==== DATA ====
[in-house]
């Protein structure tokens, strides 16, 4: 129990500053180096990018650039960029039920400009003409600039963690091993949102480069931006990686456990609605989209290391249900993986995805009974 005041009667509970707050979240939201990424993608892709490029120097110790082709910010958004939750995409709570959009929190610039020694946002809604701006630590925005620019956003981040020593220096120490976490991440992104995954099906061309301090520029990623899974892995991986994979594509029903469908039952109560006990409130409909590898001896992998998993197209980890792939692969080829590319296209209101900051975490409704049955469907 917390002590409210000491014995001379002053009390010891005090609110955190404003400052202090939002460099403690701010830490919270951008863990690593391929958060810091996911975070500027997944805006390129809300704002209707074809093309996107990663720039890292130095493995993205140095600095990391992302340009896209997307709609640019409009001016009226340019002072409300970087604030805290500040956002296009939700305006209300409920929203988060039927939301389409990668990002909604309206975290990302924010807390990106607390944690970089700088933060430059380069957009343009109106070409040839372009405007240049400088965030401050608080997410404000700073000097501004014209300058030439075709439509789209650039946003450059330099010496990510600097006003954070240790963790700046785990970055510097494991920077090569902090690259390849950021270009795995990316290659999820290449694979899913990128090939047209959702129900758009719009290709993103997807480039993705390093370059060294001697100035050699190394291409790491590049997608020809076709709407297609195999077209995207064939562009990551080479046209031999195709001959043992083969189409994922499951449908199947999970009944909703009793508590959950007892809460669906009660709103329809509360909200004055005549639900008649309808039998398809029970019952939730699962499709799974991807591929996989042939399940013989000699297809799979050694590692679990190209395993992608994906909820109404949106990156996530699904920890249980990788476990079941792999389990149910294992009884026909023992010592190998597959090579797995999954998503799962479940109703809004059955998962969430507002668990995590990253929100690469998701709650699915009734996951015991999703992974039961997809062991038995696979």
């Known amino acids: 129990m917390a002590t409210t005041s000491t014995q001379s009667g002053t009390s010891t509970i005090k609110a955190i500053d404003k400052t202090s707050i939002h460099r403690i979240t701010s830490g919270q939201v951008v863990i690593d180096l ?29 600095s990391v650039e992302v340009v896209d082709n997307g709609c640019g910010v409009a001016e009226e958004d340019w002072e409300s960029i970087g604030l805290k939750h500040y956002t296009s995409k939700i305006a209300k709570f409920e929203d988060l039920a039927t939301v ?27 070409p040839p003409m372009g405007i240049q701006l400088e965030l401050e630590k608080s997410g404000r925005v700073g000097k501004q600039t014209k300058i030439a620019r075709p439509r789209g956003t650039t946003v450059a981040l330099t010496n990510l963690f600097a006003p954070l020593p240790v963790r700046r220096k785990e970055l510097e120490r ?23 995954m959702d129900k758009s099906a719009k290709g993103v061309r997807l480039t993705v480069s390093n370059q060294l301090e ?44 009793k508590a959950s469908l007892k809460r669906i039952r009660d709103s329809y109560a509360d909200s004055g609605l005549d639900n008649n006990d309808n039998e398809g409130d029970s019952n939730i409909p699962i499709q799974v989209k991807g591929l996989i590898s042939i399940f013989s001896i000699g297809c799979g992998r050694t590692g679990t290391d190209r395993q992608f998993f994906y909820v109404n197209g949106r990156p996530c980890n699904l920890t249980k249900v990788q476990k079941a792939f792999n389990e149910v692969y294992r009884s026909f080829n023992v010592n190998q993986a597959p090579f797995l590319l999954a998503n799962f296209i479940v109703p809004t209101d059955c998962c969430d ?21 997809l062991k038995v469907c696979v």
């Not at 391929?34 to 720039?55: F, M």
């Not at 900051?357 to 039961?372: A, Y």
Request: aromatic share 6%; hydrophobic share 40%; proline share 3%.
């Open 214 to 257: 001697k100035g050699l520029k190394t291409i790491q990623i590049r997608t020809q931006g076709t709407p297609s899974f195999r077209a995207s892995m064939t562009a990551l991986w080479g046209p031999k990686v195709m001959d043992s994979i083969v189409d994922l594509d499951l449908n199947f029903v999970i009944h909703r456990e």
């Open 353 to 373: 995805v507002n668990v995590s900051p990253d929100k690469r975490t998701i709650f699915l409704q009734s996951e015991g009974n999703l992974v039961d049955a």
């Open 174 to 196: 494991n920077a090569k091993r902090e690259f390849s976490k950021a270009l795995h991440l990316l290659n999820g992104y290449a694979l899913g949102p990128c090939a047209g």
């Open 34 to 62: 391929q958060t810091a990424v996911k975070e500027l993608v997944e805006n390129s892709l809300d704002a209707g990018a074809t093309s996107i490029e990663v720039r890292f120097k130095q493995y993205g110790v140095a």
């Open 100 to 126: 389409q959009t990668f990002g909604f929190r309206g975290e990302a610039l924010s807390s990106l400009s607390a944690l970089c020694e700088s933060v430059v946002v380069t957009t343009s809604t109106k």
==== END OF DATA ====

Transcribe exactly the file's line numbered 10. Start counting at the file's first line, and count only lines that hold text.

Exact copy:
């Open 34 to 62: 391929q958060t810091a990424v996911k975070e500027l993608v997944e805006n390129s892709l809300d704002a209707g990018a074809t093309s996107i490029e990663v720039r890292f120097k130095q493995y993205g110790v140095a």